WVU to offer free course on social media
Published: Tuesday, January 29, 2013
Updated: Tuesday, January 29, 2013 06:01
Everyone is familiar with online courses hosted through colleges and universities, but what if some of those classes were free and open to the public?
The Department of Communication Studies in the Eberly College of Arts and Sciences at West Virginia University is doing just that by hosting a Massive Open Online Course, also known as a MOOC.
Massive Open Online Courses are online, nontraditional courses aimed at large-scale participation and open access on the web. The courses will focus on the role of communication technology and how it impacts daily lives.
WVU’s course begins Feb. 4 and is four weeks long, with each week covering a different topic.
"The WVUCommMOOC is not a course for credit; it is a free, ungraded event designed to allow the public to explore some of the current issues involving the role of communication technologies in our personal and professional lives," said Matt Martin, chair of the Department of Communication Studies.
This nontraditional course is being offered for the benefit of anyone interested. There are no grades, fees or credits involved, and it is free to everyone.
"We are not talking about a course that we teach and offer it to everyone," Martin said. "But we recognize that we have some information that might be of value to individuals – particularly to our alumni, individuals who may have not had any social media classes, because they basically didn’t exist when they were here."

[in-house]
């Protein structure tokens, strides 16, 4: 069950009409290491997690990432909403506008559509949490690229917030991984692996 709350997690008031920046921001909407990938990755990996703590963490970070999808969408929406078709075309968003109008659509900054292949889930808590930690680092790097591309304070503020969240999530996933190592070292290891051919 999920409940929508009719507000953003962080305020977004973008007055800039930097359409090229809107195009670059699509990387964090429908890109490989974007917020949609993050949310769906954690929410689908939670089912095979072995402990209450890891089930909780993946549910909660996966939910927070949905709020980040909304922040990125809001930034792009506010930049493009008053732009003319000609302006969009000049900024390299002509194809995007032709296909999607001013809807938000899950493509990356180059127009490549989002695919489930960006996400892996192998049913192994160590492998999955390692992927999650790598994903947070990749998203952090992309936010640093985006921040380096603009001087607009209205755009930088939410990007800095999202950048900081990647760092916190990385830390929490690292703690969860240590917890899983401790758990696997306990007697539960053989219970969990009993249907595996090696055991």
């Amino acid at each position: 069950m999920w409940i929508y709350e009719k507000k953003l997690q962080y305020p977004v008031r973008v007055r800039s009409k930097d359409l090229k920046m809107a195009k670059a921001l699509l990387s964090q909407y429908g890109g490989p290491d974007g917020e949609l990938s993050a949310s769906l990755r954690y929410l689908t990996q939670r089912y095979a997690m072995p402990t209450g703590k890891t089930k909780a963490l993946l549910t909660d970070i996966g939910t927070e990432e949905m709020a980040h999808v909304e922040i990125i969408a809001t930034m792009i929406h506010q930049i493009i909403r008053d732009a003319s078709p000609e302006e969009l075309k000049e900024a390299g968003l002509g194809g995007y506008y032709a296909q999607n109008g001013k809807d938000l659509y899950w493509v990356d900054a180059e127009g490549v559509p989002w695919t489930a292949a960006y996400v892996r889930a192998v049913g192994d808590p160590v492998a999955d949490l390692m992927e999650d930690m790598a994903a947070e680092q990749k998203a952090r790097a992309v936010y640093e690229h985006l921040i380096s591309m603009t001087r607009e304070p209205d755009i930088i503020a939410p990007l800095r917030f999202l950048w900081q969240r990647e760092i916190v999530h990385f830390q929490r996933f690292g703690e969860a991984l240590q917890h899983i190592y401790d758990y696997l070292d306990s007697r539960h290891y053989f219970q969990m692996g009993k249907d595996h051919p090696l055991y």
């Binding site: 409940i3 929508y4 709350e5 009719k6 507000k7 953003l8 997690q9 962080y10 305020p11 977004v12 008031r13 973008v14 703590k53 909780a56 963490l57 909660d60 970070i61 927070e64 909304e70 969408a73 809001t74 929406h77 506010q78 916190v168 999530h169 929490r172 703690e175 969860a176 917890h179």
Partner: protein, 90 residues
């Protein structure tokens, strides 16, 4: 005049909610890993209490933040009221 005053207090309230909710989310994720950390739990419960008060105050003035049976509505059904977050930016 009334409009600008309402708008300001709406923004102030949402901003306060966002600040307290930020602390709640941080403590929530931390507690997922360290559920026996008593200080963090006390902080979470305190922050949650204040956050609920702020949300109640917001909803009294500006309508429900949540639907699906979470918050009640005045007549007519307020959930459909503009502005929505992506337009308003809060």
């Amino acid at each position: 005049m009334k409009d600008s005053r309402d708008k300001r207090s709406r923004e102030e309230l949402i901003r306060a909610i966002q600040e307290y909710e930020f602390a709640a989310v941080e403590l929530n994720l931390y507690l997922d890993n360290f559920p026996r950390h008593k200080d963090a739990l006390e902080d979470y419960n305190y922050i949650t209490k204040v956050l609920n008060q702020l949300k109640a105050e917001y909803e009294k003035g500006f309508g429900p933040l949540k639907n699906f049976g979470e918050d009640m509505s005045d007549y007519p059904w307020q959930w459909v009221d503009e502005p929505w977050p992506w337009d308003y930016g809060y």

MOOC is based on optional participation. Individuals can choose when and what to partake in. One of the main ideas of MOOC is to encourage individuals to build their own material – whether that means holding separate discussions or forming Facebook groups, the idea is to expand for personal gain.
"The idea of open is that it’s free, there’s nothing to purchase at any time. One needs computer access, but beyond that, the information is going to be there," Martin said.
Stanford University once hosted a MOOC that attracted more than 100,000 students.
Following Stanford’s lead, the Department of Communication is creating its own version of open education.
"Some of our individuals who teach social media came up with different units and we’re going to have four different weeks where we are going to focus on these different areas of social media," Martin said. "The professors teaching this are top in the area."
The course begins week one with Nick Bowman presenting "Learning to Cope With Our Robot Overlords."
Week two, Dave Westernman will teach "Love at First Like." Week three will have Alan Goodboy and Matt Martin addressing "Cyberbullying: The Dark Side of Online Communication." The course wraps up with Elizabeth Cohen concentrating on "This is Your Brain, This is Your Brain on Media: Understanding and Conquering Technology Overload."
Full course descriptions are available at http://wvucommmooc.org/course-descriptions/.
Week two will deal closely with a timely topic. Just in time for Valentines day, the class will address many issues surrounding the topic of online relationships.
The subject has been increasingly popular in the news and entertainment media recently due to the Manti Te’o controversy and MTV’s show "Catfish."
"We will talk about several issues related to these topics," Westernman said. "I hope to get people thinking about how people use social media in their relationships and how they can be used."
Even for current students, there are benefits to looking into MOOC. Anybody interested can register for free online at wvucommmooc.org/register/.
"The individuals that are participating are being exposed to some of the stronger professors in the field, and not all individuals all have access to that," Martin said.
"We hope that people of all ages and walks of life will take advantage of the expertise of our faculty and this new learning opportunity."